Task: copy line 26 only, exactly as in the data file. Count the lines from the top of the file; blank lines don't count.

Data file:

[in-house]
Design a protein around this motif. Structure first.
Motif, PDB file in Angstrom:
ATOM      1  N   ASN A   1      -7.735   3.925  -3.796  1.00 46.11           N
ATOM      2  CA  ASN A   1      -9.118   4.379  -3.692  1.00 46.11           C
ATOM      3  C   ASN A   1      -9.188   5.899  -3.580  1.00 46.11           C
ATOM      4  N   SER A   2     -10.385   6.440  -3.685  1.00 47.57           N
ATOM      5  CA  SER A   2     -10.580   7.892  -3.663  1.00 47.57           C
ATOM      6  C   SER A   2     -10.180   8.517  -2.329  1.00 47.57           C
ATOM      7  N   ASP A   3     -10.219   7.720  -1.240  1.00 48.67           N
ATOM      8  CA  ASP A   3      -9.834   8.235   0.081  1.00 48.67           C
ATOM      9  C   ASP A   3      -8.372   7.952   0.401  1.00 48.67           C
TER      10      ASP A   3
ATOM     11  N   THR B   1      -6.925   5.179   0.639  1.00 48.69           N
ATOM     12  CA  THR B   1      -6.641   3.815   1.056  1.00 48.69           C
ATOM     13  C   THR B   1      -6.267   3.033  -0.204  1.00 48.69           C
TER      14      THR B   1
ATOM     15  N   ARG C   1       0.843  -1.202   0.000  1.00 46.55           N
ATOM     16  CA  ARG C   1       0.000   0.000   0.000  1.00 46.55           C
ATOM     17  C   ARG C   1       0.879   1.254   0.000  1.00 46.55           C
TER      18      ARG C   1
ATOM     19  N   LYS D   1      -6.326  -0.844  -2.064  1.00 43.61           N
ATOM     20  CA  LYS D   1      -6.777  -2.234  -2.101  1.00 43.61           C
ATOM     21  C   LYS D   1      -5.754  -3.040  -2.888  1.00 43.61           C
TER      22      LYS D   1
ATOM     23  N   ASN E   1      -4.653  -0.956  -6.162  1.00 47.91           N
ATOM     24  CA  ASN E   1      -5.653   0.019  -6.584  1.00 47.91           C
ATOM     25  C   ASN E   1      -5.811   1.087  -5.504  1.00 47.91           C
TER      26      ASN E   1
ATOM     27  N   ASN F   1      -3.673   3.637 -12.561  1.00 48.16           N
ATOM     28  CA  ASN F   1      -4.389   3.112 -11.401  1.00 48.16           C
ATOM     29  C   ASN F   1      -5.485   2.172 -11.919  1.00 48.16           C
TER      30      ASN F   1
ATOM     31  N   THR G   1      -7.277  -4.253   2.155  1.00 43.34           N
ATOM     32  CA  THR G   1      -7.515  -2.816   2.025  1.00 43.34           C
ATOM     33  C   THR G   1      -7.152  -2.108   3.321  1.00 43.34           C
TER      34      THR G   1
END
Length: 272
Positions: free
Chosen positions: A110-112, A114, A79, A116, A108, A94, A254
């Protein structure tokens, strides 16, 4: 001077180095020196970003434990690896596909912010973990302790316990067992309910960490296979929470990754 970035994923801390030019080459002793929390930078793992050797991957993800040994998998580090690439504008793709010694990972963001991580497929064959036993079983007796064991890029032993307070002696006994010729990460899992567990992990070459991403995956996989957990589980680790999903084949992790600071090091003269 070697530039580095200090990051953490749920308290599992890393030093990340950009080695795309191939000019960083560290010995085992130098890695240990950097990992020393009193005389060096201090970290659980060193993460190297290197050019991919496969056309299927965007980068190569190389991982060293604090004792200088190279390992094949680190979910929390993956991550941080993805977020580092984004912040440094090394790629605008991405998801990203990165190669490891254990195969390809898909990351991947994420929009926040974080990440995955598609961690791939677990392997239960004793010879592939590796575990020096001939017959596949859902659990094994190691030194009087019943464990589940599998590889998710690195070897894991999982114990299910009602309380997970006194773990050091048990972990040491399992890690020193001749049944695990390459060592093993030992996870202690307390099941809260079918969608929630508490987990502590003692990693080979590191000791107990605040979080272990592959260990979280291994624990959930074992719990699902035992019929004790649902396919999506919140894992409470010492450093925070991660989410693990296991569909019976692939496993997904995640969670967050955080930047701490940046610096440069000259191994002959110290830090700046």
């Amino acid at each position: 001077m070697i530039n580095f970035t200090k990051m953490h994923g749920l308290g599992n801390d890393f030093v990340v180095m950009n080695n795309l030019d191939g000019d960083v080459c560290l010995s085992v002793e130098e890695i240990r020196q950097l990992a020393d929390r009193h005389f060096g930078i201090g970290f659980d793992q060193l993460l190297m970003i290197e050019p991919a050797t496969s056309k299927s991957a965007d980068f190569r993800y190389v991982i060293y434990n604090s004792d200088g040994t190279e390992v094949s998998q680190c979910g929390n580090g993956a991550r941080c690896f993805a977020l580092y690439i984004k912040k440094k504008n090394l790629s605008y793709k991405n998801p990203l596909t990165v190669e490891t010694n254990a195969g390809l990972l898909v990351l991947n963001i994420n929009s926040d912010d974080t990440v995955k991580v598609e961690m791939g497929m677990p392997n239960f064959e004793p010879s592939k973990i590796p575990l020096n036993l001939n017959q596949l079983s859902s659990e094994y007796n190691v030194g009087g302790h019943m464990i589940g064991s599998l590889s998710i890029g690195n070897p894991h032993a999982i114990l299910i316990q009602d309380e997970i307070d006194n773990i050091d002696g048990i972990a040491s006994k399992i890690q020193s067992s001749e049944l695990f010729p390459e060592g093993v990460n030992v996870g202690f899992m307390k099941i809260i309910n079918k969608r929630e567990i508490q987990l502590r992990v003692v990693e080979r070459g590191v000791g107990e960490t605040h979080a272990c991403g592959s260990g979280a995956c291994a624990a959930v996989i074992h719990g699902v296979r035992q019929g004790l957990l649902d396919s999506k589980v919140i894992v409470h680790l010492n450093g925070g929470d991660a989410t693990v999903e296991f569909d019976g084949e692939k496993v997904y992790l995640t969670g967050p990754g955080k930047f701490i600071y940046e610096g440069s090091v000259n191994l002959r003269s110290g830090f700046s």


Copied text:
ATOM     23  N   ASN E   1      -4.653  -0.956  -6.162  1.00 47.91           N